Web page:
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Howard Schaap

Photo by Bradley Davisi / CC BY 2.0 The first time I washed myself in sage smoke, it was my introduction both to smoke in ritual and to sage. I vaguely wafted the smoke around my head as I had seen others do, but the experience was entirely foreign to me. I’d stepped over this prairie plant all my life and never wondered about its character, its smell, its purifying capabilities. Wrapping myself in its smoke was a baptism of sorts. We were out on the prairie, at a Lakota burial site discovered on an Englishman’s farm, which the Lakota had come to re-consecrate. The foreignness I felt was entirely my own.

Back at the pot luck up at the farm, someone said, “Did you notice the hawk that was out there, blessing us?”  

I had not noticed that either.

When I first read Joy Harjo’s “Eagle Poem,” it helped make manifest what I’d missed. “To pray you open your whole self/ To sky, to earth, to sun, to moon,” the poem begins, “To one whole voice that is you.”  

I’m a stumbling pray-er. Too often for me prayer has been akin to a grocery list and un-akin to an opening.

Right off in “Eagle Poem,” too, we’re in an exterior setting powerful with heavenly bodies. This I know. I have a particular memory of fall in mind: sunset and one heavenly body ignites a sliver of the other, sending a shiver among the corn.

“And know there is more,” the poem continues, less as command than as a statement about the nature of being in prayer:  You “open” yourself and “know” there is more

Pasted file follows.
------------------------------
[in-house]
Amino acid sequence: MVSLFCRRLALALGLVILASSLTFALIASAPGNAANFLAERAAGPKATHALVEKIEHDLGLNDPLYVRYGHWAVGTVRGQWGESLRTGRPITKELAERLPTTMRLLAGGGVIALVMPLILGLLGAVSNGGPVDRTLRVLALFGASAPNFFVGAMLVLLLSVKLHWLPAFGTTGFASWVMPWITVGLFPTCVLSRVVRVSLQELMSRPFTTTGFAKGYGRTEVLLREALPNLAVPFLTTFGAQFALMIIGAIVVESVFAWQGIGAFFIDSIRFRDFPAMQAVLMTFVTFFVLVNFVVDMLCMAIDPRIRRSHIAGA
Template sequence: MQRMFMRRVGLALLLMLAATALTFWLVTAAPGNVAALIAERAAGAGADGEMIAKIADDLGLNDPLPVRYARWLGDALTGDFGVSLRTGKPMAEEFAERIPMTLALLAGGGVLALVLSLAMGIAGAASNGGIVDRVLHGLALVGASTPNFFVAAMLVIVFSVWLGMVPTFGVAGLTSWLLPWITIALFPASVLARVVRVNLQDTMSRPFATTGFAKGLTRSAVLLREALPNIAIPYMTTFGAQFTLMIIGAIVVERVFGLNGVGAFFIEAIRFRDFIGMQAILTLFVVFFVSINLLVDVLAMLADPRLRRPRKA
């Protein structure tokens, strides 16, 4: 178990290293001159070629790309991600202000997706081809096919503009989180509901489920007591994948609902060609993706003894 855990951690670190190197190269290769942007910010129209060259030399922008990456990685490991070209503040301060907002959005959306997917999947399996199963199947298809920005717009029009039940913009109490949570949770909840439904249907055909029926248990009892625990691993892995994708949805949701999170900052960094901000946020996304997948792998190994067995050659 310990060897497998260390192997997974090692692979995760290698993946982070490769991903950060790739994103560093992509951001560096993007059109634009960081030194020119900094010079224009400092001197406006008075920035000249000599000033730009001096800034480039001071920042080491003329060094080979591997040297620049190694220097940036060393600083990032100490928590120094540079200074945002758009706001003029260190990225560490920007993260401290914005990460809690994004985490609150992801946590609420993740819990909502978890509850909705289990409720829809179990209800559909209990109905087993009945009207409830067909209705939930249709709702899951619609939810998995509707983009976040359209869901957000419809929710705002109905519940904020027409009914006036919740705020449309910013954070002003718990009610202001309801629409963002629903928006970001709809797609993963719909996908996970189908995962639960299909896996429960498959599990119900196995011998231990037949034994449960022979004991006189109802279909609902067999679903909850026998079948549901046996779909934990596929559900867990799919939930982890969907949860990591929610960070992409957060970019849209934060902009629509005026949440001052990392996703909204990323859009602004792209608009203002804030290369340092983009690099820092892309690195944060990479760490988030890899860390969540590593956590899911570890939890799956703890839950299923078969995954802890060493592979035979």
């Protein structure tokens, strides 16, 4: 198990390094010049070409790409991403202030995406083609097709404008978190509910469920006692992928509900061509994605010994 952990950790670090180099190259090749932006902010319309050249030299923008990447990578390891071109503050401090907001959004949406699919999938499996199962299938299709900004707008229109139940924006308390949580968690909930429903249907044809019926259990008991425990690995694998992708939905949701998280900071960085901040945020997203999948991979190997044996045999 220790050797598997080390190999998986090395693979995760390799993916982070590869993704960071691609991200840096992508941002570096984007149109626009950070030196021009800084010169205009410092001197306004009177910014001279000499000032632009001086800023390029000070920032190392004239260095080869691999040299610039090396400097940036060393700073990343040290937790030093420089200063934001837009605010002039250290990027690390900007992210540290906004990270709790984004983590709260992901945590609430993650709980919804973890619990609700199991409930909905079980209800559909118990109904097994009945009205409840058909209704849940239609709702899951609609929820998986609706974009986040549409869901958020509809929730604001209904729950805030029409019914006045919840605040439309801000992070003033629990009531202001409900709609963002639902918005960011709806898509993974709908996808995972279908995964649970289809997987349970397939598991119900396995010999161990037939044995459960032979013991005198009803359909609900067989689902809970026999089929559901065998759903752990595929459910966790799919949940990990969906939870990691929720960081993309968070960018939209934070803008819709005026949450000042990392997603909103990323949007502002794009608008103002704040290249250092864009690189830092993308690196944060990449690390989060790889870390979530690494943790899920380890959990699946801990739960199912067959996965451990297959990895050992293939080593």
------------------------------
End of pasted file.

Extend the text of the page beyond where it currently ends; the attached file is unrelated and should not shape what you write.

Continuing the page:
That you can’t see, can’t hear Can’t know except in moments Steadily growing, and in languages That aren’t always sound but other Circles of motion. Like Eagle that Sunday morning Over Salt River. Circled in blue sky In wind, swept our hearts clean With sacred wings.

This is the first sleight of hand. The poem takes us from the more that we cannot see, and bypasses language, replacing it with the circles of motion there in the sky, with the eagle circling. And subject is joined to object: the exterior circling of the eagle sweeps clean the interior of the heart.  

We see you, see ourselves and know That we must take the utmost care And kindness in all things. Breathe in, knowing we are made of All this, and breathe, knowing We are truly blessed because we Were born, and die soon within a True circle of motion, Like eagle rounding out this morning Inside us. We pray that it will be done In beauty. In beauty.

I see the circles, feel them even, external in my mind until the sky flips and suddenly it’s “Inside us.”

It’s the kind of thing I want from art, when the interior becomes the exterior, entangling Self and Other, till the Other is I and I, Other, and I have to disentangle again the one from the many, the firmament from the waters, the man from the dust.

Or do I?